Andrew: I was really in to this beer fresh, and I’m still really in to it after a year for totally different reasons.
Karl nailed it on the head — grapes. Where in the world did those come from? While I also picked up the creaminess that Ryan found, and some burnt marshmallows on the front end, I was intrigued by the grapes in the nose and the quite powerful red grape on the back-end of this beer.
So maybe my attraction to this beer isn’t all just the flavor, just how dramatic the change was. Within a year this has turned into an almost unrecognizable Bell’s Special Double Cream Stout. But I still like it and am that much more interested to see what happens after two, three or four years.
Karl: For starters, two years in the bottle has made this beer smell great. Just awesome — coffee and campfire and smoke and rum raisin ice cream (maybe some cigarette in there too, strangely). There’s even still some head to speak of; a little retention on the pour shows a mocha touch of foam over an espresso-brown beer.
Also notable is the fact that unlike other cellared Bell’s beers we’ve seen (Batch 9,000, Batch 10,000 and Eccentric Ale 2008) — and a tasting of this very beer last year — there wasn’t that odd flavor of grapes. We actually both agreed before cracking this open that “we know what this is gonna taste like” with that expectation, but I’m happily surprised that this isn’t the case with this beer.
Instead we get stone fruits like plum, pear, and maybe a touch of hearty port wine; nutty bakers chocolate and a whiff of smoke on the finish. More raisin flavors emerge as this warms, as well as a definite note of sweet white wine — maybe a Riesling or something on the finish. This gets thinner as it warms, but not in a terrible way, and some small off-flavors and age-funk at the finish adds a small unfavorable note to an otherwise really fun aged beer.
If you find this at the back of your cellar, I advise you to crack one open. I’m not sure how much longer this 6ish-ABV beer has to live in the bottle, but it sure is fun now.
Ryan: I would happily put money on it, Karl, that NO ONE has this in the back of their cellar right now — which is the whole point of this series, cellar what is traditionally not cellared. Also, sometimes when I read our reviews I wonder if we were drinking the same beer. Plum? Pear? White wine? I got none of the above.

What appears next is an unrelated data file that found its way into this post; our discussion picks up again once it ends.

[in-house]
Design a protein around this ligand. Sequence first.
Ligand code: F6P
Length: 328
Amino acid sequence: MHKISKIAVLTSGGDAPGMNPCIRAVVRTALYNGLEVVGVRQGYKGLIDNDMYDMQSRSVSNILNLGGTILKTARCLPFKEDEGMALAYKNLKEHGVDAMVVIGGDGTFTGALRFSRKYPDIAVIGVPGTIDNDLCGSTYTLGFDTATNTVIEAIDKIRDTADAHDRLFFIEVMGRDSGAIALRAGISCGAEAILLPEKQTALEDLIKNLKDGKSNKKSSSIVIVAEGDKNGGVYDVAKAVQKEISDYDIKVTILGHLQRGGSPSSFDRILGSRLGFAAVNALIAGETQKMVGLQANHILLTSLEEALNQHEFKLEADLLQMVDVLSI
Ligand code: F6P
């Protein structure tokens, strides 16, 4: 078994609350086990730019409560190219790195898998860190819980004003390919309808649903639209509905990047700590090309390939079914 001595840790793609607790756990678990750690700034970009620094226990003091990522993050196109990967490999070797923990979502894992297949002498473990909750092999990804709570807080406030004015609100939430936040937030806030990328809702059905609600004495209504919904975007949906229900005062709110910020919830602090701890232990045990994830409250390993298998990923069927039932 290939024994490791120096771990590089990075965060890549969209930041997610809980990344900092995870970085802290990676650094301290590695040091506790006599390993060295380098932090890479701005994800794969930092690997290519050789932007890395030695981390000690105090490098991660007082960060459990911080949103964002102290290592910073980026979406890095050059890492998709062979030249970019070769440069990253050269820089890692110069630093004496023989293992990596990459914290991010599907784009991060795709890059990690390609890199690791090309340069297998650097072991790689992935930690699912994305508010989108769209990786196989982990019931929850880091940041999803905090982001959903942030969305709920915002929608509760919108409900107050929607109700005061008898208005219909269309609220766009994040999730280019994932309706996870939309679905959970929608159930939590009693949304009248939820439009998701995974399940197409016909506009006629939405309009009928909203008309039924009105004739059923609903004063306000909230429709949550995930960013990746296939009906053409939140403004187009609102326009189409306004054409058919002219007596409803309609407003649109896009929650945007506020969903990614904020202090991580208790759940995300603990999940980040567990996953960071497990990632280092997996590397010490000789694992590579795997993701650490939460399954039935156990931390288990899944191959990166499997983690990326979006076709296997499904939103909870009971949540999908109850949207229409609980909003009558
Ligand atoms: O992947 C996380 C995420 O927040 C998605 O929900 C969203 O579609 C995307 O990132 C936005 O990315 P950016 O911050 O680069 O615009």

This beer was very one-note for me. Not in a bad way, mind you, but still fairly one-dimensional. The nose on the Special Double Cream Stout was all coffee; a mix of freshly brewed espresso and hours old coffee grounds. The flavors were in-line with the aroma with robust coffee flavors dominating throughout and lingering smokiness that hung in the background.
The body was a tad frothy, for lack of a better term, and clung to the creaminess that makes a fresh pour so appetizing.
This is kind of a fun direction this beer is headed. It’s all coffee now, but what will year three hold? And will that signature grape flavor — which I don’t consider “off” but just something I equate with cellared Bell’s beers — make a re-appearance? I guess only time will tell.
Ryan: For those of you who are just joining us, yes we know we probably shouldn’t be cellaring this beer. Its ABV is low-ish which doesn’t make it a prime candidate for the cellar. However this Adventures in CellarSitting series (scroll up for more details) was built on the premise of cellaring beers that aren’t normally cellared. So here we are, with a three-year-old bottle of Bell’s Special Double Cream Stout.
And mark it down: year three was the year Bell’s Special Double Cream Stout got weird. It wasn’t a good weird or a bad weird — but it was most definitely weird.
The nose was fairly predictable with a whiff of coffee creamer, coffee beans, sticky peanut brittle and that famed Bell’s red grape. I say famed because in many of our reviews of cellared Bell’s beer we pick up that now synonymous red grape aroma.
There was nothing predictable, however, once you take a sip.
Up first is cocoa powder followed by the aforementioned red grapes, cranberries and a gob of peanut butter. Then it gets a little weird. Green olives weird. No joke. As a kid I used to eat them by the handful and my salivary glands would get going at the first smell of the salty brine. The same thing happened while sipping this beer. The pristine saltiness was then washed away by red pepper flake and cracked black pepper near the finish.
Bell’s Special Double Cream Stout certainly took a turn for the different. So much so that I let it sit for a while to let it warm a bit. When I came back to it I found a less volatile beer that settled into a creamy, frothy and lightly coffee-flavored stout that finished with a nice kiss of semi-sweet chocolate.
While this year-three sampling started out a little rough it finished nicely. Once this beer calmed down and settled into the glass it became a familiar yet toned-down version of a fresh Bell’s Special Double Cream Stout.
Ryan: For those unfamiliar with our “Adventures in Cellarsitting” series or for those wondering who thought it would be a good idea to cellar a 6.1% ABV cream stout, allow me to give you the short history. First, this series is reserved for dabbling in cellared beers that aren’t traditionally cellared — like cream stouts and beers that are 6.1% ABV. Secondly, Andrew. It was his call to stash the beer. At the time, I figured — why not. I assumed it wouldn’t have legs and would peter out after a year or two.
But it hasn’t. And, believe it or not, it still hasn’t.
Skepticism aside, this beer is by no means amazing. But it also isn’t that bad. And it’s surprisingly consistent.
Muted but noticeable notes of espresso and heavy cream on the nose set the table for a coffee-forward beer with hints of rich chocolate but short on the cream.
Brownie batter, of all things leads, the way on the palate followed by varying degrees of coffee. First up is iced coffee –with one too many sugars and a heavy-handed pour of half-and-half — followed by french roast mid-sip and an acidic home-roasted coffee bean finish.
Overall this beer was surprisingly good given my low expectations. I’m not sure if this is validation for the pick or a referendum to cellar it but you could make worse beer cellaring decisions, I suppose.